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18 of 19 people found the following review helpful By xxgrendelxx on September 9, 2007
Format: DVD
If you're like me, you've taken great pleasure in watching vintage cartoons over the years and have only heard of the existence of some - cartoons you might never have expected to see.
Regardless of what the actual quality of the material may be, it is an itch that until recently has been very tough to scratch without hundreds of dollars for low-print run laserdiscs or a doctorate in pop culture and letters of introduction to all the major studios.

I'm just about 39 now and have heard of the Oswald cartoons for years. In this instance - and in others - the rarity of the material, the legalities involved, and the virtual absence of major commercial interest meant that these might have stayed locked in a vault 'til Judgement Day and I would never have the chance as a layman to see them (much less OWN them!).

I can hardly express how pleased I am to witness Disney release these in a popular format for the general public - and at a dynamite value, too!

As an enthusiast of 1920's/1930's era cartoons I'd like to say "Thank you!" to the Disney Co. and express my appreciation for their blazing a trail other companies and distributors might follow in releasing so many of the '30s era short films on dvd and proving that there IS a market for such material.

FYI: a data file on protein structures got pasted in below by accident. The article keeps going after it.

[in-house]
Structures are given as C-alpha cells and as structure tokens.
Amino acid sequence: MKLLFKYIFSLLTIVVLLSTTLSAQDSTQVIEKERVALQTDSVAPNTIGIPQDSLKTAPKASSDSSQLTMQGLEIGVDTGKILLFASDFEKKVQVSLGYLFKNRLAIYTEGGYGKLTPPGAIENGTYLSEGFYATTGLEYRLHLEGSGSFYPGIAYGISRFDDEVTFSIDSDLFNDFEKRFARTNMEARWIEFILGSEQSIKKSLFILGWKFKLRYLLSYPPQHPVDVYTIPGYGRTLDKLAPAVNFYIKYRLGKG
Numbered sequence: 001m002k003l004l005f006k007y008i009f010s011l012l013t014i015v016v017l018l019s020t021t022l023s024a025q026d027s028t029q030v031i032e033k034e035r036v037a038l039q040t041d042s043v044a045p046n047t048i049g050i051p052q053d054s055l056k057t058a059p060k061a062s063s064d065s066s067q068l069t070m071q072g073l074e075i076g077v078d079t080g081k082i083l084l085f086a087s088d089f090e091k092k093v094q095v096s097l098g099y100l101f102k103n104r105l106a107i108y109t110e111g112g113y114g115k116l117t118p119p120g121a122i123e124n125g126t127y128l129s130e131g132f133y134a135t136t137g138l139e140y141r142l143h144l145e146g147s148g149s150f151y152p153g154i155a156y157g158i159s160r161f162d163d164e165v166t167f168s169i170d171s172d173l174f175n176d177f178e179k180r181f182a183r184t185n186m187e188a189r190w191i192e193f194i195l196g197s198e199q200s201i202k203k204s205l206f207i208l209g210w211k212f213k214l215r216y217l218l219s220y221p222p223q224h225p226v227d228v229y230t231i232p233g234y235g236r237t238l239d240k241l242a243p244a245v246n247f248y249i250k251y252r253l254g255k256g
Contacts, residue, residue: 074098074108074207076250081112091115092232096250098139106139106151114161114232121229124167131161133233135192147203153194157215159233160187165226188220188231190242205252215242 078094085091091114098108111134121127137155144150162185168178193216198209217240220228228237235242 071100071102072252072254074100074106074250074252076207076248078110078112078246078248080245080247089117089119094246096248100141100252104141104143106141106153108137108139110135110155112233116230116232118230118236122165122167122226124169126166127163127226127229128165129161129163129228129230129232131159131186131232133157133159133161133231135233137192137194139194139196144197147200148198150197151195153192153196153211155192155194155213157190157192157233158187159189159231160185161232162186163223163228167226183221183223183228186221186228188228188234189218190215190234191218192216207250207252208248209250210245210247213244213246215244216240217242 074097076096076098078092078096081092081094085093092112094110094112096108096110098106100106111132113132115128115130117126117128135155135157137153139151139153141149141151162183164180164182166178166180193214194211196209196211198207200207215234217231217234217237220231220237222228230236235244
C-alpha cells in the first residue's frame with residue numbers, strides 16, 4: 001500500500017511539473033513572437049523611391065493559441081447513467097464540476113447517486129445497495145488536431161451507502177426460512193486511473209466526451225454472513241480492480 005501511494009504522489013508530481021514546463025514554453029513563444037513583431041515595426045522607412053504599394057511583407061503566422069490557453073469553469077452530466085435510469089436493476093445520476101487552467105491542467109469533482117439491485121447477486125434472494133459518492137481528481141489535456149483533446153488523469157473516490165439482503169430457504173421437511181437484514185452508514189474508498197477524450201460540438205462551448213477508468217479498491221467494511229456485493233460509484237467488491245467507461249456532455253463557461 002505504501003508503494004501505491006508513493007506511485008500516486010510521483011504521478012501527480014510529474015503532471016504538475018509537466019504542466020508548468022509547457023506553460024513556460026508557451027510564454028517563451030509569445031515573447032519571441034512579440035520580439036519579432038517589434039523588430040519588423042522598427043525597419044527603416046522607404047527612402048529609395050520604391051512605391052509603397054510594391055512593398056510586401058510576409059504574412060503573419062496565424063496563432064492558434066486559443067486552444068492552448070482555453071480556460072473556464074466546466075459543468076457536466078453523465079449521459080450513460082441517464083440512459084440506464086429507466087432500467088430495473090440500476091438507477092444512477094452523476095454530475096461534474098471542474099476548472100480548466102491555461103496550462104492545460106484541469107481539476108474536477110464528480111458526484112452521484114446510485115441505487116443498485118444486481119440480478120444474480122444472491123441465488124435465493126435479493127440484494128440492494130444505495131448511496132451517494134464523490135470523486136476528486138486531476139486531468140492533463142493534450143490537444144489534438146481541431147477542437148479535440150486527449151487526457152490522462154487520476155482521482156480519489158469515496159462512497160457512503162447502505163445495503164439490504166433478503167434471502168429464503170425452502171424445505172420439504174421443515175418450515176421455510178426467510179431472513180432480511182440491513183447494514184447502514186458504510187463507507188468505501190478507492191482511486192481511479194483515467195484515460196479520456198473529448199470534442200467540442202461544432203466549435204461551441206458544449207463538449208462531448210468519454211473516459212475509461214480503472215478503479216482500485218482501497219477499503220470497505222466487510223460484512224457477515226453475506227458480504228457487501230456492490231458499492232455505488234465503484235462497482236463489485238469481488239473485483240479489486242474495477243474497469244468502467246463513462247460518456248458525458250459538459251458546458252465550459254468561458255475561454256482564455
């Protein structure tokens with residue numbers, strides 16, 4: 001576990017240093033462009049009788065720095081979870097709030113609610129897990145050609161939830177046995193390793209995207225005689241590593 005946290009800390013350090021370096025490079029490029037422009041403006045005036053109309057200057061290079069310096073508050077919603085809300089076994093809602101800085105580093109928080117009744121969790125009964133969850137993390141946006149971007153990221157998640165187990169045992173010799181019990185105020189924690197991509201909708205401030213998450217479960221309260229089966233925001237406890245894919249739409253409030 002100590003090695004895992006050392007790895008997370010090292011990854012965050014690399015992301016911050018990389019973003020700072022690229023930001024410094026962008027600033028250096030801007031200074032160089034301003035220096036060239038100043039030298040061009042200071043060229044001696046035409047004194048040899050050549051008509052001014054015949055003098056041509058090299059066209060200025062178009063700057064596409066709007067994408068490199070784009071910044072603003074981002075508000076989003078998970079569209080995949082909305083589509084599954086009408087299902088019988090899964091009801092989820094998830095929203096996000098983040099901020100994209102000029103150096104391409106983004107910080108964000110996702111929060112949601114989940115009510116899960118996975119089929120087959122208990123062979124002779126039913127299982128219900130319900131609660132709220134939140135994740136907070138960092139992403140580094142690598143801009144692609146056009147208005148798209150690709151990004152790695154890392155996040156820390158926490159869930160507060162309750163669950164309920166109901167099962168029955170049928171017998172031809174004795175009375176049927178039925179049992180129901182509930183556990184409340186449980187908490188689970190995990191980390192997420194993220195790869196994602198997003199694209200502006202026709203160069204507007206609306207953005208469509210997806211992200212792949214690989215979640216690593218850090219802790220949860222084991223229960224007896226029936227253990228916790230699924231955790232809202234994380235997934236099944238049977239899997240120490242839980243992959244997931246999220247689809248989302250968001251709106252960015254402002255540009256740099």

Happy Viewing! -Jon, NY
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8 of 8 people found the following review helpful By Steve Ramm TOP 50 REVIEWER on December 24, 2007
Format: DVD
Lately I've been reviewing a whole bunch of DVDS that, for some strange reason, have titles and packaging which hide the real gems inside the boxes. This latest volume in the "Disney Treasures" series is just another one. NO.. I'm not saying not to buy it. You should. I'm just harping on Disney for keeping the prize hidden inside.

In this case the "prize" is the wonderful two -hour documentary on UbIwerks made in 1999 by his granddaughter, Leslie, which was out on VHS but is long out of print. Yet, surprisingly, this whole "Oswald" set should have been called "Ub Iwerks: The Link between Walt and Mickey (featuring Oswald and Alice)". THAT would have said something. The documentary takes up more time than all the Oswald cartoons included, and it's fabulous. You'll learn about all the work he did when he created his own studio. (In fact this documentary led me to seek out more of Iweks films. And you'll learn how he is the one who made Hitchcock's "The Birds" work! This documentary should have been promoted more.

But as to Oswald, the cartoons are well done and the prints are decent. (As you'll learn in another short featurette, they had to see out existing prints as most of the originals were discarded.) And the story of how Oswald was re-acquired by Disney in a trade for a TV sports commentator is fascinating.

I'm glad that Disney is reissuing this material in these nice collectors sets and only wish they'd come out more often. If nothing else, you need this volume to learn more about, not Walt, but Ub and the amazing things he did!

Steve Ramm
"Anything Phonographic"